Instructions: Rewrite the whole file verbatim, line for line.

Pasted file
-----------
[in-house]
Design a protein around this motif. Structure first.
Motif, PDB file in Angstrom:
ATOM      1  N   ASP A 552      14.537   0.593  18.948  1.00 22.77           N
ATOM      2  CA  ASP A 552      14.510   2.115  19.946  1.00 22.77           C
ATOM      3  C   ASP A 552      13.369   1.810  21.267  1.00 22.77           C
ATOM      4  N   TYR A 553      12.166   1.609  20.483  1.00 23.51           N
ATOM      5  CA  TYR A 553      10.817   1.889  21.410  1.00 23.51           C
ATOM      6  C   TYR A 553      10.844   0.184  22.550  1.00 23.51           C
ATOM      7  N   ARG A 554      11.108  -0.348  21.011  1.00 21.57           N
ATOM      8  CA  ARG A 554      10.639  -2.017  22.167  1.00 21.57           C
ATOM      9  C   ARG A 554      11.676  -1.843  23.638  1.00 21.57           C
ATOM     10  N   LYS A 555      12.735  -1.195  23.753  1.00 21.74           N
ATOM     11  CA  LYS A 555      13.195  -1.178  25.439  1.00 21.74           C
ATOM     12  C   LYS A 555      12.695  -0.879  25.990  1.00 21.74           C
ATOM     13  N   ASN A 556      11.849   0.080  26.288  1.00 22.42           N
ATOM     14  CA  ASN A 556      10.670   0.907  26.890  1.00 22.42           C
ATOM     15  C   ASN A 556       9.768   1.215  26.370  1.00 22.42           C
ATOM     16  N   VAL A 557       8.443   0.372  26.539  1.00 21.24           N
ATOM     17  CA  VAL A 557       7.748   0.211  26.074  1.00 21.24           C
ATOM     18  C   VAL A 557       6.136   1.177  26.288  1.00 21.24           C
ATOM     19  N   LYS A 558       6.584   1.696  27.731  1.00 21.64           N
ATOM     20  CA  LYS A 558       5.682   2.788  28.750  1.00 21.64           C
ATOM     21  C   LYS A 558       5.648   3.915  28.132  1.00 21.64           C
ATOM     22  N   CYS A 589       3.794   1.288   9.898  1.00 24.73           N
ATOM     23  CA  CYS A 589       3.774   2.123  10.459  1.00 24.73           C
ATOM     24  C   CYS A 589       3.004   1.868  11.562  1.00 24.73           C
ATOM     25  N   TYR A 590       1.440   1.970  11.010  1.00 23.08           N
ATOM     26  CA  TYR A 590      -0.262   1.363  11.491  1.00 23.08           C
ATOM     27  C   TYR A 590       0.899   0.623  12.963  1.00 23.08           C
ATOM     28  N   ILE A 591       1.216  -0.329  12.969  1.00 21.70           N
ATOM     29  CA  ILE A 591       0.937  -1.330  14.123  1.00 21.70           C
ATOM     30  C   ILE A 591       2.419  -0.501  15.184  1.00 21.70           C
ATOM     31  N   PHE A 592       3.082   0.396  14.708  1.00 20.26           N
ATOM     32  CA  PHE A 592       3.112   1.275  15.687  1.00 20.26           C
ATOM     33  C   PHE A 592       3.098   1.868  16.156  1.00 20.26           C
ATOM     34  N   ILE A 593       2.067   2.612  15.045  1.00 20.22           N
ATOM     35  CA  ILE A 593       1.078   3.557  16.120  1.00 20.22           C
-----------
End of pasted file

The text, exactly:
[in-house]
Design a protein around this motif. Structure first.
Motif, PDB file in Angstrom:
ATOM      1  N   ASP A 552      14.537   0.593  18.948  1.00 22.77           N
ATOM      2  CA  ASP A 552      14.510   2.115  19.946  1.00 22.77           C
ATOM      3  C   ASP A 552      13.369   1.810  21.267  1.00 22.77           C
ATOM      4  N   TYR A 553      12.166   1.609  20.483  1.00 23.51           N
ATOM      5  CA  TYR A 553      10.817   1.889  21.410  1.00 23.51           C
ATOM      6  C   TYR A 553      10.844   0.184  22.550  1.00 23.51           C
ATOM      7  N   ARG A 554      11.108  -0.348  21.011  1.00 21.57           N
ATOM      8  CA  ARG A 554      10.639  -2.017  22.167  1.00 21.57           C
ATOM      9  C   ARG A 554      11.676  -1.843  23.638  1.00 21.57           C
ATOM     10  N   LYS A 555      12.735  -1.195  23.753  1.00 21.74           N
ATOM     11  CA  LYS A 555      13.195  -1.178  25.439  1.00 21.74           C
ATOM     12  C   LYS A 555      12.695  -0.879  25.990  1.00 21.74           C
ATOM     13  N   ASN A 556      11.849   0.080  26.288  1.00 22.42           N
ATOM     14  CA  ASN A 556      10.670   0.907  26.890  1.00 22.42           C
ATOM     15  C   ASN A 556       9.768   1.215  26.370  1.00 22.42           C
ATOM     16  N   VAL A 557       8.443   0.372  26.539  1.00 21.24           N
ATOM     17  CA  VAL A 557       7.748   0.211  26.074  1.00 21.24           C
ATOM     18  C   VAL A 557       6.136   1.177  26.288  1.00 21.24           C
ATOM     19  N   LYS A 558       6.584   1.696  27.731  1.00 21.64           N
ATOM     20  CA  LYS A 558       5.682   2.788  28.750  1.00 21.64           C
ATOM     21  C   LYS A 558       5.648   3.915  28.132  1.00 21.64           C
ATOM     22  N   CYS A 589       3.794   1.288   9.898  1.00 24.73           N
ATOM     23  CA  CYS A 589       3.774   2.123  10.459  1.00 24.73           C
ATOM     24  C   CYS A 589       3.004   1.868  11.562  1.00 24.73           C
ATOM     25  N   TYR A 590       1.440   1.970  11.010  1.00 23.08           N
ATOM     26  CA  TYR A 590      -0.262   1.363  11.491  1.00 23.08           C
ATOM     27  C   TYR A 590       0.899   0.623  12.963  1.00 23.08           C
ATOM     28  N   ILE A 591       1.216  -0.329  12.969  1.00 21.70           N
ATOM     29  CA  ILE A 591       0.937  -1.330  14.123  1.00 21.70           C
ATOM     30  C   ILE A 591       2.419  -0.501  15.184  1.00 21.70           C
ATOM     31  N   PHE A 592       3.082   0.396  14.708  1.00 20.26           N
ATOM     32  CA  PHE A 592       3.112   1.275  15.687  1.00 20.26           C
ATOM     33  C   PHE A 592       3.098   1.868  16.156  1.00 20.26           C
ATOM     34  N   ILE A 593       2.067   2.612  15.045  1.00 20.22           N
ATOM     35  CA  ILE A 593       1.078   3.557  16.120  1.00 20.22           C